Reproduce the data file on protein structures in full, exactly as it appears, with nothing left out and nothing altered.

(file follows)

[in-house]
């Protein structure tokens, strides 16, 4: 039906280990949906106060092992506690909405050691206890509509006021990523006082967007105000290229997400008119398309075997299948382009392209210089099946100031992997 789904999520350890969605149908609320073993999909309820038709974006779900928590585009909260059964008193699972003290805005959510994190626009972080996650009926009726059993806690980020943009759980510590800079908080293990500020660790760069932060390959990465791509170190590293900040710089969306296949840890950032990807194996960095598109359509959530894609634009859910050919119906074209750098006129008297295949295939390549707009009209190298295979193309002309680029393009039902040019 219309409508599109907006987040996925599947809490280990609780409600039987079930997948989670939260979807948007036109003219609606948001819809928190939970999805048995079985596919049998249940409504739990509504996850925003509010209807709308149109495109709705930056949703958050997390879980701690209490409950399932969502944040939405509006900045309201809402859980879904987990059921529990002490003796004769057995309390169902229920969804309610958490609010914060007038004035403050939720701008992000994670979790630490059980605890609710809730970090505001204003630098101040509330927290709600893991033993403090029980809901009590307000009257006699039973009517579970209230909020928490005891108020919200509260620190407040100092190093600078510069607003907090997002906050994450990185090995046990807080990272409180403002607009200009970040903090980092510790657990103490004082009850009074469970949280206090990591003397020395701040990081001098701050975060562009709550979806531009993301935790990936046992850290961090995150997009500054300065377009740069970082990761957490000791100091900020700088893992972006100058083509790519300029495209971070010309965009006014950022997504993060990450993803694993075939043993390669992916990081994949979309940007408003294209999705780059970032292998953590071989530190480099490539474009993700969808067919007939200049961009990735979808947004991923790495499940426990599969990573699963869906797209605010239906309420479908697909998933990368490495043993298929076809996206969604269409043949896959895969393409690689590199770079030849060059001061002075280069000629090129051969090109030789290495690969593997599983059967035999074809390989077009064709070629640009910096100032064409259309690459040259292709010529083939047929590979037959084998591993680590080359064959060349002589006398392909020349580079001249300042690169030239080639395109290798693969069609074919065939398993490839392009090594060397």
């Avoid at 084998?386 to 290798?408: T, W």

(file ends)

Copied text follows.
[in-house]
């Protein structure tokens, strides 16, 4: 039906280990949906106060092992506690909405050691206890509509006021990523006082967007105000290229997400008119398309075997299948382009392209210089099946100031992997 789904999520350890969605149908609320073993999909309820038709974006779900928590585009909260059964008193699972003290805005959510994190626009972080996650009926009726059993806690980020943009759980510590800079908080293990500020660790760069932060390959990465791509170190590293900040710089969306296949840890950032990807194996960095598109359509959530894609634009859910050919119906074209750098006129008297295949295939390549707009009209190298295979193309002309680029393009039902040019 219309409508599109907006987040996925599947809490280990609780409600039987079930997948989670939260979807948007036109003219609606948001819809928190939970999805048995079985596919049998249940409504739990509504996850925003509010209807709308149109495109709705930056949703958050997390879980701690209490409950399932969502944040939405509006900045309201809402859980879904987990059921529990002490003796004769057995309390169902229920969804309610958490609010914060007038004035403050939720701008992000994670979790630490059980605890609710809730970090505001204003630098101040509330927290709600893991033993403090029980809901009590307000009257006699039973009517579970209230909020928490005891108020919200509260620190407040100092190093600078510069607003907090997002906050994450990185090995046990807080990272409180403002607009200009970040903090980092510790657990103490004082009850009074469970949280206090990591003397020395701040990081001098701050975060562009709550979806531009993301935790990936046992850290961090995150997009500054300065377009740069970082990761957490000791100091900020700088893992972006100058083509790519300029495209971070010309965009006014950022997504993060990450993803694993075939043993390669992916990081994949979309940007408003294209999705780059970032292998953590071989530190480099490539474009993700969808067919007939200049961009990735979808947004991923790495499940426990599969990573699963869906797209605010239906309420479908697909998933990368490495043993298929076809996206969604269409043949896959895969393409690689590199770079030849060059001061002075280069000629090129051969090109030789290495690969593997599983059967035999074809390989077009064709070629640009910096100032064409259309690459040259292709010529083939047929590979037959084998591993680590080359064959060349002589006398392909020349580079001249300042690169030239080639395109290798693969069609074919065939398993490839392009090594060397």
């Avoid at 084998?386 to 290798?408: T, W």